Suffolk aims for televersity

July 14, 1995

Suffolk could have the country's first community televersity before the end of the decade, according to a report by management consultants Touche Ross.

The new university, based around Suffolk College in Ipswich, could expect to reach at least 15,000 students over the next ten years through a network of 15 local learning centres packed with the latest technology from British Telecom Laboratories at Martlesham.

BT is already working closely with Suffolk College on developing the technological architecture of the new learning centres - which could range from schools, community centres and workplaces. The advanced equipment could include retractable vision consuls, laser panels, electronic satchels, portable visual panels, video visors, and space-style "docks" instead of old-fashioned "desks".

Richard Nicol, head of research at BT, said: "Computer technology is second nature to most ten-year-olds - not least because of computer games - and these are the ones who will be going to the Suffolk university of the future. And when they get there, they are not going to expect books, but advanced computers."

Suffolk is one of the last counties without a university, and the hi-tech institution could expect to have an enormous impact on the region. The Touche Ross report estimates that the number of degree students could rise from 2,500 to 15,000 by 2005. Currently, some 6,500 students - more than 70 per cent of Suffolk's degree-calibre students - are educated outside the county.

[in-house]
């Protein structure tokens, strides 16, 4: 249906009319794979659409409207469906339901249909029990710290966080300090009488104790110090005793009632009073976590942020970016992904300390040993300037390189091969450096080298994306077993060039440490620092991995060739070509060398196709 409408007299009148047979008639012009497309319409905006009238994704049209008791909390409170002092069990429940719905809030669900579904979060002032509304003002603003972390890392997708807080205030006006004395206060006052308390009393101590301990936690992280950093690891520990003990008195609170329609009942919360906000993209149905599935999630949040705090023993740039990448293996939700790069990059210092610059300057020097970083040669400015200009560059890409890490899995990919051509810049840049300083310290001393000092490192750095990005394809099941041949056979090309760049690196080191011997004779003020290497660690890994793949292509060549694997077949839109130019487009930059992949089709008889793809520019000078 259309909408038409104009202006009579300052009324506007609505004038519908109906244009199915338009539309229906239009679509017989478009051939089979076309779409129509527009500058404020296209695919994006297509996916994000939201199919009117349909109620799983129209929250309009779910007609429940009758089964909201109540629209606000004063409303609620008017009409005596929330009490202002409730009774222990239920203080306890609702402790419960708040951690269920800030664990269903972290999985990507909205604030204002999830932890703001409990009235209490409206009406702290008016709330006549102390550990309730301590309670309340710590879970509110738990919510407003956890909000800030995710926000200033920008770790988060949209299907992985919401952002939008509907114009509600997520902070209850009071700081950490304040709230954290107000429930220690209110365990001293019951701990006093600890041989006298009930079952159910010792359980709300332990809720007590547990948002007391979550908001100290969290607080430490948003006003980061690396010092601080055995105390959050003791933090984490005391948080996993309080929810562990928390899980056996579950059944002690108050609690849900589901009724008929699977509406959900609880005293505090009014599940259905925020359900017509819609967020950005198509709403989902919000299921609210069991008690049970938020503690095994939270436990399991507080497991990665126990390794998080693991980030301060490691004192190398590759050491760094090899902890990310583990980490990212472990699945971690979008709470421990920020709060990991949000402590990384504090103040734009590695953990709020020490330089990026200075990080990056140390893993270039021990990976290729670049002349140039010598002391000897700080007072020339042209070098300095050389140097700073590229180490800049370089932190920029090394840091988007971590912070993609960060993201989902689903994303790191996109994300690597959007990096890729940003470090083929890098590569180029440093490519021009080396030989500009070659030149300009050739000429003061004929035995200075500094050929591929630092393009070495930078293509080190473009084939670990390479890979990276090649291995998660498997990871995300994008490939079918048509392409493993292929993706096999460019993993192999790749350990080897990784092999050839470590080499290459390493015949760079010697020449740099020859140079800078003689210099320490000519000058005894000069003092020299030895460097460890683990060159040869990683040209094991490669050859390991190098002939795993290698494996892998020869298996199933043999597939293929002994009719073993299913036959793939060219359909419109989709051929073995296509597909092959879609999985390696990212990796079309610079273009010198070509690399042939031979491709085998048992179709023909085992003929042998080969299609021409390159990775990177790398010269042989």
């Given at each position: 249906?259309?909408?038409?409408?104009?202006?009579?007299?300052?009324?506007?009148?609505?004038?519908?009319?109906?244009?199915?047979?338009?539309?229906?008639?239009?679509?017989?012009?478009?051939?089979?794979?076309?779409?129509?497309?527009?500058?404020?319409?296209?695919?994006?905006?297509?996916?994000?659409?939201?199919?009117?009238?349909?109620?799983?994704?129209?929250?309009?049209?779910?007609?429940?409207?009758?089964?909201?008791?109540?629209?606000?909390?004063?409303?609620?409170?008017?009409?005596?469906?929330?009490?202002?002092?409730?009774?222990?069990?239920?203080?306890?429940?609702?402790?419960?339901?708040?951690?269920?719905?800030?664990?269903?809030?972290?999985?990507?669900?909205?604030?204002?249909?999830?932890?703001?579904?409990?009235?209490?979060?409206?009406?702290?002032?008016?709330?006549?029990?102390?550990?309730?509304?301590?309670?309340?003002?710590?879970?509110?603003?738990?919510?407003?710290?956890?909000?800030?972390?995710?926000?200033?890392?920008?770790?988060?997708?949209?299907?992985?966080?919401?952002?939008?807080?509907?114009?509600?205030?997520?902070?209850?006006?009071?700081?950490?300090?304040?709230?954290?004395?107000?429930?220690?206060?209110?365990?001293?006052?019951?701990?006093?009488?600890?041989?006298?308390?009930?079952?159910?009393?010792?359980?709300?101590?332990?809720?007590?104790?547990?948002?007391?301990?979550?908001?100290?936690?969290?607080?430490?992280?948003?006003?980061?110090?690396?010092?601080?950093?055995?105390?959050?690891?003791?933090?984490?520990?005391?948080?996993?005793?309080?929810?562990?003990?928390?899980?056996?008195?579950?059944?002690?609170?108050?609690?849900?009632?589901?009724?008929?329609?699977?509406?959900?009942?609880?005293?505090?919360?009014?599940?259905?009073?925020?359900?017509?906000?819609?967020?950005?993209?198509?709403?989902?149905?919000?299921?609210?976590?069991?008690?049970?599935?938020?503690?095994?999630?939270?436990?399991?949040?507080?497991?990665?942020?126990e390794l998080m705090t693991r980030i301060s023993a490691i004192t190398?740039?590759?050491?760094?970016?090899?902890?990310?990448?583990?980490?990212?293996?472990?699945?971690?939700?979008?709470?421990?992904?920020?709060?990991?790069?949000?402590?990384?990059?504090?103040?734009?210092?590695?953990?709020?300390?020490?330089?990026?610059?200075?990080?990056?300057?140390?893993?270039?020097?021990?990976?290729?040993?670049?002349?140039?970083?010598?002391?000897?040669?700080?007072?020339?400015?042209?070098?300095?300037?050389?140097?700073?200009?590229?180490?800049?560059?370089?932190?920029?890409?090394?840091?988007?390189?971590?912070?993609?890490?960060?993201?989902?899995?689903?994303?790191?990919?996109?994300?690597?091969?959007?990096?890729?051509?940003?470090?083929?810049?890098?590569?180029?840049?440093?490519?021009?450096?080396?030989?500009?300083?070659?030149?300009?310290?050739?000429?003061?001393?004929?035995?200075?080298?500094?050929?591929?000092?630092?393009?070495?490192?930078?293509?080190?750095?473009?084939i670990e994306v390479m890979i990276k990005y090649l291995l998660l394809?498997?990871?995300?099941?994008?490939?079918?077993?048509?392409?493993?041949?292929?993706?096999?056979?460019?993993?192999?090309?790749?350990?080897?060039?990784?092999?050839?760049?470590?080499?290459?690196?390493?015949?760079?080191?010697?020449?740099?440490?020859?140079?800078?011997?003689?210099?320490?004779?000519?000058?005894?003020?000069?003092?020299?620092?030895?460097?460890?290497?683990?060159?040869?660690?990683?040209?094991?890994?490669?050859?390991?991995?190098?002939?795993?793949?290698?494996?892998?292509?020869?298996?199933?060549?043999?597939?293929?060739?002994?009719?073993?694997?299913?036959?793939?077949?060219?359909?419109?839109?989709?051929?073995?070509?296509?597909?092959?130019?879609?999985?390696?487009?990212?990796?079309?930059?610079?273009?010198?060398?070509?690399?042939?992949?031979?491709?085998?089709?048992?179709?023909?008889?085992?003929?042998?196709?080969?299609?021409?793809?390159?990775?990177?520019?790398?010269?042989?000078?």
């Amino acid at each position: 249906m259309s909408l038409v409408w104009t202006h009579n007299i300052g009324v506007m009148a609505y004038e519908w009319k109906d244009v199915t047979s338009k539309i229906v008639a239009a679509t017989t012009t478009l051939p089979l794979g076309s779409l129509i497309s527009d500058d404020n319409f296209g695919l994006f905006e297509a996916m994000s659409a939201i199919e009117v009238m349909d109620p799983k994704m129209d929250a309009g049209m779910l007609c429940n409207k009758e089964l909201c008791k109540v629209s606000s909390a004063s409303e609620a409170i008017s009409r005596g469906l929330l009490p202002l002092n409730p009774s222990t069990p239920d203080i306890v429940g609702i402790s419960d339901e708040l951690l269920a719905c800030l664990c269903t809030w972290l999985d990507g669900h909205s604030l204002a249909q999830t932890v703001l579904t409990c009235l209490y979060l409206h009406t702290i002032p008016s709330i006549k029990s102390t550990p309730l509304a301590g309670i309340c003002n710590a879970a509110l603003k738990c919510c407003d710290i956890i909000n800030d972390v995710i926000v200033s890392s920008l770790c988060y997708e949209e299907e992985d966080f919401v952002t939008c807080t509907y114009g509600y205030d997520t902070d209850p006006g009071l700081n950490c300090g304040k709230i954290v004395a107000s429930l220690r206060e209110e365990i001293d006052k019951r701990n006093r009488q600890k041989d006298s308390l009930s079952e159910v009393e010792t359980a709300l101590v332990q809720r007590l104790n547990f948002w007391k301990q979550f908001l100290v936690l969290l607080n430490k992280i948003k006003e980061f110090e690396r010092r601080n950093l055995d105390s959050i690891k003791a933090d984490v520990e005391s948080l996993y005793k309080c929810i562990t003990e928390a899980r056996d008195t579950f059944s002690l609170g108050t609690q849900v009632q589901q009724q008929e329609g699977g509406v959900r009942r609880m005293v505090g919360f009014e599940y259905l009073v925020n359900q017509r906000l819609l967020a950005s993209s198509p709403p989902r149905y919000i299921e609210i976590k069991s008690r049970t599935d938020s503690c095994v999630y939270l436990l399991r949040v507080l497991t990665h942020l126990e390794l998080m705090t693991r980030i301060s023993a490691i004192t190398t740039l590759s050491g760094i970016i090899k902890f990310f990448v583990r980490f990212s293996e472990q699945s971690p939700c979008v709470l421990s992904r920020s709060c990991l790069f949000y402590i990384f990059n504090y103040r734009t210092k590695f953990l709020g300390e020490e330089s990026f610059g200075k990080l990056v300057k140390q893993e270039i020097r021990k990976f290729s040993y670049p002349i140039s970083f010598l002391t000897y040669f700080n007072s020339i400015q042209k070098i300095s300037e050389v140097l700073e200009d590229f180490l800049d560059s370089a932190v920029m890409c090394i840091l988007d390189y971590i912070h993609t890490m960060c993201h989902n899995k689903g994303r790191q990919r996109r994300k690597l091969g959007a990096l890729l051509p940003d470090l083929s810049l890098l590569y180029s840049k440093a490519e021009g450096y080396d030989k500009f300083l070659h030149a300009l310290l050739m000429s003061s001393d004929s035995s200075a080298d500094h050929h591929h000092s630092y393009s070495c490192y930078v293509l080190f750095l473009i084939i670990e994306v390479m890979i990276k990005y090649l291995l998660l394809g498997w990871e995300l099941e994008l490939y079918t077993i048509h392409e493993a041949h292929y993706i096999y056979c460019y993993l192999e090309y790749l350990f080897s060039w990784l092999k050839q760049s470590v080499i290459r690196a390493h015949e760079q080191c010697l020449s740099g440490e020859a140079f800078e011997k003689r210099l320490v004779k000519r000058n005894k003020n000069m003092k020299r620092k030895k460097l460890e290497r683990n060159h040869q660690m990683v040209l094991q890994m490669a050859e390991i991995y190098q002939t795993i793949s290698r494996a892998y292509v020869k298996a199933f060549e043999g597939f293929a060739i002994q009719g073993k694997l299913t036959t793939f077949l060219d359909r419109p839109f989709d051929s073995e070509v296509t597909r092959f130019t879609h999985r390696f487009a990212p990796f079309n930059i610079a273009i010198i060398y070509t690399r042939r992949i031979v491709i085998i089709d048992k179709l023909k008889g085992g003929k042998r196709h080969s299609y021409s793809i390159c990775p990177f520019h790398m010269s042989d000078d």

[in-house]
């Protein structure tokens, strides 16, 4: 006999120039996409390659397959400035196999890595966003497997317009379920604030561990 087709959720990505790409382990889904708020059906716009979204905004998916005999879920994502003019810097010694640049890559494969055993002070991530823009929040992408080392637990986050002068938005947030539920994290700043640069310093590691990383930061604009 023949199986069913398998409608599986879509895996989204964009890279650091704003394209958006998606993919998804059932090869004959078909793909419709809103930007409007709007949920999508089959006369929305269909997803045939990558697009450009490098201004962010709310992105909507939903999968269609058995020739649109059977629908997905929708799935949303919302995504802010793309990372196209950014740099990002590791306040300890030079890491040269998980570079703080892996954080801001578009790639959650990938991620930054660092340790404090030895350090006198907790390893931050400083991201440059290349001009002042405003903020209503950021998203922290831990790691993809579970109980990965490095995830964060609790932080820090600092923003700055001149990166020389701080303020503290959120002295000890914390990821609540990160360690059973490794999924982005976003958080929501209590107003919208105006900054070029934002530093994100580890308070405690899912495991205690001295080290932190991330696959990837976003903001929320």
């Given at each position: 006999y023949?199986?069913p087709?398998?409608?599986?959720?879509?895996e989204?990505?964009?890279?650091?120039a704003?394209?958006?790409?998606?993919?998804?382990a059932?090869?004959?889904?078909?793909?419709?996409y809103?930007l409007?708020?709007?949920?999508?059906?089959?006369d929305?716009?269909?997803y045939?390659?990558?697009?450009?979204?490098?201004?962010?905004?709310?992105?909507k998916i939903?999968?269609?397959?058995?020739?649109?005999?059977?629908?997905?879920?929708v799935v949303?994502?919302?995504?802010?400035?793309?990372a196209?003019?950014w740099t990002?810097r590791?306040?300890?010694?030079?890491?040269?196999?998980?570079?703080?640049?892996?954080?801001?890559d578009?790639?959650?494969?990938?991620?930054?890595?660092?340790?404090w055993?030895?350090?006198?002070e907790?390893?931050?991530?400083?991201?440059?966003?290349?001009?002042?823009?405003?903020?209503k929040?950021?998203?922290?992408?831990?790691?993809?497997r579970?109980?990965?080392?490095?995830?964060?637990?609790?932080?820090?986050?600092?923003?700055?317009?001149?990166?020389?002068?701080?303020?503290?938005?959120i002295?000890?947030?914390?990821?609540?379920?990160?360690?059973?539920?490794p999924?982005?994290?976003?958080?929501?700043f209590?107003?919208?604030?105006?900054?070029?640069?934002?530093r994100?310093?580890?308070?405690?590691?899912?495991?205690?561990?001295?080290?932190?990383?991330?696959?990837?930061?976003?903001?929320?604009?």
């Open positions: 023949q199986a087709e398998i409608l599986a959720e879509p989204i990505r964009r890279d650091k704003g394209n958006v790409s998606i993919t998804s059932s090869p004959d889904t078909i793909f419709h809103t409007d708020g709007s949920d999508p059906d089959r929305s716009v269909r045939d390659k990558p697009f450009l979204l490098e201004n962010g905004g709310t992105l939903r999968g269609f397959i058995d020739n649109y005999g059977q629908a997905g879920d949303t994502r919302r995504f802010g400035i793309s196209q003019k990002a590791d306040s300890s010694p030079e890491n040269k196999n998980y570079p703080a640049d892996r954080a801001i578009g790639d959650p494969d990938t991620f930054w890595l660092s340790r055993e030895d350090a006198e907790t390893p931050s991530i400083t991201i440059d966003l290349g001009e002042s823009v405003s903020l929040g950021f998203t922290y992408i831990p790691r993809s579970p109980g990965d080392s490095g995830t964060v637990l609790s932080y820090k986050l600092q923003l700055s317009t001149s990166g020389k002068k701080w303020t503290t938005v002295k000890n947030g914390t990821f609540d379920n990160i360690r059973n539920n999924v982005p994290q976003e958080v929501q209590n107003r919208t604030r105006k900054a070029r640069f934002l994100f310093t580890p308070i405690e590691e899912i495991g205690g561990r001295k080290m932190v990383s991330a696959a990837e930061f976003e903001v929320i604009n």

The economic impact on the locality could exceed Pounds 40 million each year, mainly from staff and student spending, capital spending and increased inward investment. More than 90 per cent of Suffolk businesses are small and medium sized, employing fewer than 25 people. The university is likely to provide a door-step centre for upskilling and leading-edge contract research.

The new institution is expected to develop faculties which enhance the strengths of the Suffolk economy. These include the traditional agriculture and land-based industries, but also emerging industries like business and finance, performance and the creative arts, and management.

The university task group, which was established in August last year, is now seeking Government approval. Eric McCoy, task group chairman and local lawn mower manufacturer, said: "We would like to start as a university college and then become a fully independent university of Suffolk." Suffolk College is hoping to become an accredited college of the University of East Anglia over the next 12 months.

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